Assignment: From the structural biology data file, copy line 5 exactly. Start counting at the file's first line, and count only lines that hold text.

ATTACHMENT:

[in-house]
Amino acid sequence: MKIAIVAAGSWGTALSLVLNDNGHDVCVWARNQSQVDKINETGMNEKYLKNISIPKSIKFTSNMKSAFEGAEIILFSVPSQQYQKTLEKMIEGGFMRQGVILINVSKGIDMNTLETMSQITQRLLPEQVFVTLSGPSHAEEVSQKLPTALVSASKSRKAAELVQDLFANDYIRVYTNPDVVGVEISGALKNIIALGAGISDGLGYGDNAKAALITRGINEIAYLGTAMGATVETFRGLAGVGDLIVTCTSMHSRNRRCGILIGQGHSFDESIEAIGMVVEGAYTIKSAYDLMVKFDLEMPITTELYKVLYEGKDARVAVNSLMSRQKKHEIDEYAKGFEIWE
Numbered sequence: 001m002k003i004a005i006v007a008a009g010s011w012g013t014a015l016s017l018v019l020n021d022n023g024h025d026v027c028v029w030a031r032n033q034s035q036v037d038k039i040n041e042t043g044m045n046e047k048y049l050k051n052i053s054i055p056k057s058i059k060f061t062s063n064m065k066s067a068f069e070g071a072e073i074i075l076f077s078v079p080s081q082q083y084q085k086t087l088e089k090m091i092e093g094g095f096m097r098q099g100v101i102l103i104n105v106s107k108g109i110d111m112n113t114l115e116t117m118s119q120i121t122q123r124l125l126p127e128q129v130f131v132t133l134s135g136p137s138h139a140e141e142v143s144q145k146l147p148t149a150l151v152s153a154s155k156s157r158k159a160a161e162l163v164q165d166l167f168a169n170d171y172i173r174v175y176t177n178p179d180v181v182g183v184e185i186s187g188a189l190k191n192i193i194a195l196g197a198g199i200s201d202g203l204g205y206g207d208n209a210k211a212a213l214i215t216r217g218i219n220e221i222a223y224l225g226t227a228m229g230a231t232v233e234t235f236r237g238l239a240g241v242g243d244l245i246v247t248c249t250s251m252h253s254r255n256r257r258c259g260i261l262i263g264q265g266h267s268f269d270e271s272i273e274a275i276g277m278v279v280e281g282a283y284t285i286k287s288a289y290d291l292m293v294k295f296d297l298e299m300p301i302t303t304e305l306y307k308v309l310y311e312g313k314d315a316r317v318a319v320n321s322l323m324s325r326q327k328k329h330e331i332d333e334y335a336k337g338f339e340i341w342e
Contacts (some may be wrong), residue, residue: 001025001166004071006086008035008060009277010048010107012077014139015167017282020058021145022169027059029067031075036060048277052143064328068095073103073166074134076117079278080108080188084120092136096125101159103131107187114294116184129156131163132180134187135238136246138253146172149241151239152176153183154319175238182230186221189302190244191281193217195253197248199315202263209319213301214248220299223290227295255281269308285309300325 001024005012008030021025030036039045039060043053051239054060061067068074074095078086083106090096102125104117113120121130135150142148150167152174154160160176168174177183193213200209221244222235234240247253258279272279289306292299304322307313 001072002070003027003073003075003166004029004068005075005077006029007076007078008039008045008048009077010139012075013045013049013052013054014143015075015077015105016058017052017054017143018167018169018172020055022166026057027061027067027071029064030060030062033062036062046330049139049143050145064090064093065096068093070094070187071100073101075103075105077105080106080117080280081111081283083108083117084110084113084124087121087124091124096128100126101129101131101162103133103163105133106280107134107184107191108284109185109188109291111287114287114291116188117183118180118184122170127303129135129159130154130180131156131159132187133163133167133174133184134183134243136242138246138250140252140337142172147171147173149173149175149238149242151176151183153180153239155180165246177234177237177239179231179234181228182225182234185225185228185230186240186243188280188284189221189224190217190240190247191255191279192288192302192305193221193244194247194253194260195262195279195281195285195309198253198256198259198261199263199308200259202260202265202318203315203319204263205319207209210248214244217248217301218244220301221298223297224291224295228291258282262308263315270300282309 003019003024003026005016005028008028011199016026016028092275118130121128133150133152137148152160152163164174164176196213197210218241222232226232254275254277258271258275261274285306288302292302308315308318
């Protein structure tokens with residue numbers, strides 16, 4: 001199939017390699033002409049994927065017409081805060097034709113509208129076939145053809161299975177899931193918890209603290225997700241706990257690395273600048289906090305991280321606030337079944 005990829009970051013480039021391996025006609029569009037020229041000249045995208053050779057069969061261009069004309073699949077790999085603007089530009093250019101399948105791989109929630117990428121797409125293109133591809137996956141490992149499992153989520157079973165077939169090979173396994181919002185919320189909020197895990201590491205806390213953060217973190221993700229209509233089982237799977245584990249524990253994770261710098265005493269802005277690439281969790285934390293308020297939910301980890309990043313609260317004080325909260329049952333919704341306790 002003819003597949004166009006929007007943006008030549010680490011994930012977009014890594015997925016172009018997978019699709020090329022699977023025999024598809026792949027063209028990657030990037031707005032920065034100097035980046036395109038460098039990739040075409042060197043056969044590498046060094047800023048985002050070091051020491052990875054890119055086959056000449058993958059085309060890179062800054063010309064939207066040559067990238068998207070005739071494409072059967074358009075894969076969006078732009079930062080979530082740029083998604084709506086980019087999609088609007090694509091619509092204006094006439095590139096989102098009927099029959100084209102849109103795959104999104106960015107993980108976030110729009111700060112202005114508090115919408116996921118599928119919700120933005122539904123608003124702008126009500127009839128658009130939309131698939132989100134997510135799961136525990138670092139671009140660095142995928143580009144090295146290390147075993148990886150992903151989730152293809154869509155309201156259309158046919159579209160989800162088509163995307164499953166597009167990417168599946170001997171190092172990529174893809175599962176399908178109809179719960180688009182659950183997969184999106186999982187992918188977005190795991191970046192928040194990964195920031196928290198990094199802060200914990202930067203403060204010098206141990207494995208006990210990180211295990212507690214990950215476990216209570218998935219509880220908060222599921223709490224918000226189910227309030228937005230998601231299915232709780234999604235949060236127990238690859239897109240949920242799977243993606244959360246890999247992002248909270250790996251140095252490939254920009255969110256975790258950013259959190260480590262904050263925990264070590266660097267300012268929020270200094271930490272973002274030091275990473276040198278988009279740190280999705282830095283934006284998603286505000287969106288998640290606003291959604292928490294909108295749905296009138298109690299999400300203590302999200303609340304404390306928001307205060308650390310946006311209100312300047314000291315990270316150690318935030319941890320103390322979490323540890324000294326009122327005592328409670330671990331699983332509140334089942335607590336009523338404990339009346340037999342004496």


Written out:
């Protein structure tokens with residue numbers, strides 16, 4: 001199939017390699033002409049994927065017409081805060097034709113509208129076939145053809161299975177899931193918890209603290225997700241706990257690395273600048289906090305991280321606030337079944 005990829009970051013480039021391996025006609029569009037020229041000249045995208053050779057069969061261009069004309073699949077790999085603007089530009093250019101399948105791989109929630117990428121797409125293109133591809137996956141490992149499992153989520157079973165077939169090979173396994181919002185919320189909020197895990201590491205806390213953060217973190221993700229209509233089982237799977245584990249524990253994770261710098265005493269802005277690439281969790285934390293308020297939910301980890309990043313609260317004080325909260329049952333919704341306790 002003819003597949004166009006929007007943006008030549010680490011994930012977009014890594015997925016172009018997978019699709020090329022699977023025999024598809026792949027063209028990657030990037031707005032920065034100097035980046036395109038460098039990739040075409042060197043056969044590498046060094047800023048985002050070091051020491052990875054890119055086959056000449058993958059085309060890179062800054063010309064939207066040559067990238068998207070005739071494409072059967074358009075894969076969006078732009079930062080979530082740029083998604084709506086980019087999609088609007090694509091619509092204006094006439095590139096989102098009927099029959100084209102849109103795959104999104106960015107993980108976030110729009111700060112202005114508090115919408116996921118599928119919700120933005122539904123608003124702008126009500127009839128658009130939309131698939132989100134997510135799961136525990138670092139671009140660095142995928143580009144090295146290390147075993148990886150992903151989730152293809154869509155309201156259309158046919159579209160989800162088509163995307164499953166597009167990417168599946170001997171190092172990529174893809175599962176399908178109809179719960180688009182659950183997969184999106186999982187992918188977005190795991191970046192928040194990964195920031196928290198990094199802060200914990202930067203403060204010098206141990207494995208006990210990180211295990212507690214990950215476990216209570218998935219509880220908060222599921223709490224918000226189910227309030228937005230998601231299915232709780234999604235949060236127990238690859239897109240949920242799977243993606244959360246890999247992002248909270250790996251140095252490939254920009255969110256975790258950013259959190260480590262904050263925990264070590266660097267300012268929020270200094271930490272973002274030091275990473276040198278988009279740190280999705282830095283934006284998603286505000287969106288998640290606003291959604292928490294909108295749905296009138298109690299999400300203590302999200303609340304404390306928001307205060308650390310946006311209100312300047314000291315990270316150690318935030319941890320103390322979490323540890324000294326009122327005592328409670330671990331699983332509140334089942335607590336009523338404990339009346340037999342004496």